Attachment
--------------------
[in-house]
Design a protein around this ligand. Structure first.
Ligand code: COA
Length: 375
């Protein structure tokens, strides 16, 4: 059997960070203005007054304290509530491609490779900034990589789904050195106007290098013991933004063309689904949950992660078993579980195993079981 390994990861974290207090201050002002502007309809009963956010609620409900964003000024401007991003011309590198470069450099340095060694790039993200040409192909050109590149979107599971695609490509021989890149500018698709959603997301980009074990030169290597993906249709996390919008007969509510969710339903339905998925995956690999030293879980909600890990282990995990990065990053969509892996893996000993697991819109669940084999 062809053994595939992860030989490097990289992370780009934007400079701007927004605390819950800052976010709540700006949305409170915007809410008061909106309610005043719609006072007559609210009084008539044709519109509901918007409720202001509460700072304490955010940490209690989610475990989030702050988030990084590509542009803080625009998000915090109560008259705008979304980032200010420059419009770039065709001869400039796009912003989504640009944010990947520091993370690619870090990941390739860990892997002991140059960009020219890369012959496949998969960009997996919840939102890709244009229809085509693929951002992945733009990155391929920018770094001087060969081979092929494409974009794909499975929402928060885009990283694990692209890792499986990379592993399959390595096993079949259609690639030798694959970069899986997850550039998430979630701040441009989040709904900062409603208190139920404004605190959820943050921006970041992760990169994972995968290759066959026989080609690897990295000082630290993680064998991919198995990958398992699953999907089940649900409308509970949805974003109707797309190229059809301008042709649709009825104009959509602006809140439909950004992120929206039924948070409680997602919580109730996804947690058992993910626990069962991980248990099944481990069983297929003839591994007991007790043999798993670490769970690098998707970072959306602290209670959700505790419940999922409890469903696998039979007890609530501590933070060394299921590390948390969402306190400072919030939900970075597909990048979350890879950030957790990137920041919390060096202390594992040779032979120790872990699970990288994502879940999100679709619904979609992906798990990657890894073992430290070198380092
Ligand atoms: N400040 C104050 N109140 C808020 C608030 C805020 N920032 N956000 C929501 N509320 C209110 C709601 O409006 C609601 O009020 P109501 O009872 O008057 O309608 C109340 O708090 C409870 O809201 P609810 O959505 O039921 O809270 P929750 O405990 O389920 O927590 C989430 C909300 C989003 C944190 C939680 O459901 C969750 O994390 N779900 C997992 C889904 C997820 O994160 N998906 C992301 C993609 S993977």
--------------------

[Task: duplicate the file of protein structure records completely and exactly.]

[in-house]
Design a protein around this ligand. Structure first.
Ligand code: COA
Length: 375
């Protein structure tokens, strides 16, 4: 059997960070203005007054304290509530491609490779900034990589789904050195106007290098013991933004063309689904949950992660078993579980195993079981 390994990861974290207090201050002002502007309809009963956010609620409900964003000024401007991003011309590198470069450099340095060694790039993200040409192909050109590149979107599971695609490509021989890149500018698709959603997301980009074990030169290597993906249709996390919008007969509510969710339903339905998925995956690999030293879980909600890990282990995990990065990053969509892996893996000993697991819109669940084999 062809053994595939992860030989490097990289992370780009934007400079701007927004605390819950800052976010709540700006949305409170915007809410008061909106309610005043719609006072007559609210009084008539044709519109509901918007409720202001509460700072304490955010940490209690989610475990989030702050988030990084590509542009803080625009998000915090109560008259705008979304980032200010420059419009770039065709001869400039796009912003989504640009944010990947520091993370690619870090990941390739860990892997002991140059960009020219890369012959496949998969960009997996919840939102890709244009229809085509693929951002992945733009990155391929920018770094001087060969081979092929494409974009794909499975929402928060885009990283694990692209890792499986990379592993399959390595096993079949259609690639030798694959970069899986997850550039998430979630701040441009989040709904900062409603208190139920404004605190959820943050921006970041992760990169994972995968290759066959026989080609690897990295000082630290993680064998991919198995990958398992699953999907089940649900409308509970949805974003109707797309190229059809301008042709649709009825104009959509602006809140439909950004992120929206039924948070409680997602919580109730996804947690058992993910626990069962991980248990099944481990069983297929003839591994007991007790043999798993670490769970690098998707970072959306602290209670959700505790419940999922409890469903696998039979007890609530501590933070060394299921590390948390969402306190400072919030939900970075597909990048979350890879950030957790990137920041919390060096202390594992040779032979120790872990699970990288994502879940999100679709619904979609992906798990990657890894073992430290070198380092
Ligand atoms: N400040 C104050 N109140 C808020 C608030 C805020 N920032 N956000 C929501 N509320 C209110 C709601 O409006 C609601 O009020 P109501 O009872 O008057 O309608 C109340 O708090 C409870 O809201 P609810 O959505 O039921 O809270 P929750 O405990 O389920 O927590 C989430 C909300 C989003 C944190 C939680 O459901 C969750 O994390 N779900 C997992 C889904 C997820 O994160 N998906 C992301 C993609 S993977």